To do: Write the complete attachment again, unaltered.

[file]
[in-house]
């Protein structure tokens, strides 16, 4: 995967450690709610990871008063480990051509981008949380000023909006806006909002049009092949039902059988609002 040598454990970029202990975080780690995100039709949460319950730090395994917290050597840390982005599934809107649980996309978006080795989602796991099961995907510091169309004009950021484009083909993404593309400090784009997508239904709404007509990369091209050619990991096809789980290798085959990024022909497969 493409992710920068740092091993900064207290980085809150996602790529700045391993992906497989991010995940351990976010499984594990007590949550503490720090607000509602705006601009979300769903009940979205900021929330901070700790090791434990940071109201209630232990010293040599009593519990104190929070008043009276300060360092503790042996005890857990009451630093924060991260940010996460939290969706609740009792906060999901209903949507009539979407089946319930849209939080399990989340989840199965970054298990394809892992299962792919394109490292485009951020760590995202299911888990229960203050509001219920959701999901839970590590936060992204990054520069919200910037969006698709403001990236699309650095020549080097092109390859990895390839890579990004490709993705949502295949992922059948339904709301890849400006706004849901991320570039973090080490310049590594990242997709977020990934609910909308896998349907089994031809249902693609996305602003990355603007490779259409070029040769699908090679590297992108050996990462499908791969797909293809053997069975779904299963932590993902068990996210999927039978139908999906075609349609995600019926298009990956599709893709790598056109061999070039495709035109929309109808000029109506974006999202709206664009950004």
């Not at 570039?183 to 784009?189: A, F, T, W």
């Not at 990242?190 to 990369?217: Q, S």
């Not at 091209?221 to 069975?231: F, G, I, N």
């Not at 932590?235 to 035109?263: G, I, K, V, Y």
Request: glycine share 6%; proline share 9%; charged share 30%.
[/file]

[in-house]
């Protein structure tokens, strides 16, 4: 995967450690709610990871008063480990051509981008949380000023909006806006909002049009092949039902059988609002 040598454990970029202990975080780690995100039709949460319950730090395994917290050597840390982005599934809107649980996309978006080795989602796991099961995907510091169309004009950021484009083909993404593309400090784009997508239904709404007509990369091209050619990991096809789980290798085959990024022909497969 493409992710920068740092091993900064207290980085809150996602790529700045391993992906497989991010995940351990976010499984594990007590949550503490720090607000509602705006601009979300769903009940979205900021929330901070700790090791434990940071109201209630232990010293040599009593519990104190929070008043009276300060360092503790042996005890857990009451630093924060991260940010996460939290969706609740009792906060999901209903949507009539979407089946319930849209939080399990989340989840199965970054298990394809892992299962792919394109490292485009951020760590995202299911888990229960203050509001219920959701999901839970590590936060992204990054520069919200910037969006698709403001990236699309650095020549080097092109390859990895390839890579990004490709993705949502295949992922059948339904709301890849400006706004849901991320570039973090080490310049590594990242997709977020990934609910909308896998349907089994031809249902693609996305602003990355603007490779259409070029040769699908090679590297992108050996990462499908791969797909293809053997069975779904299963932590993902068990996210999927039978139908999906075609349609995600019926298009990956599709893709790598056109061999070039495709035109929309109808000029109506974006999202709206664009950004």
């Not at 570039?183 to 784009?189: A, F, T, W």
């Not at 990242?190 to 990369?217: Q, S």
């Not at 091209?221 to 069975?231: F, G, I, N």
């Not at 932590?235 to 035109?263: G, I, K, V, Y």
Request: glycine share 6%; proline share 9%; charged share 30%.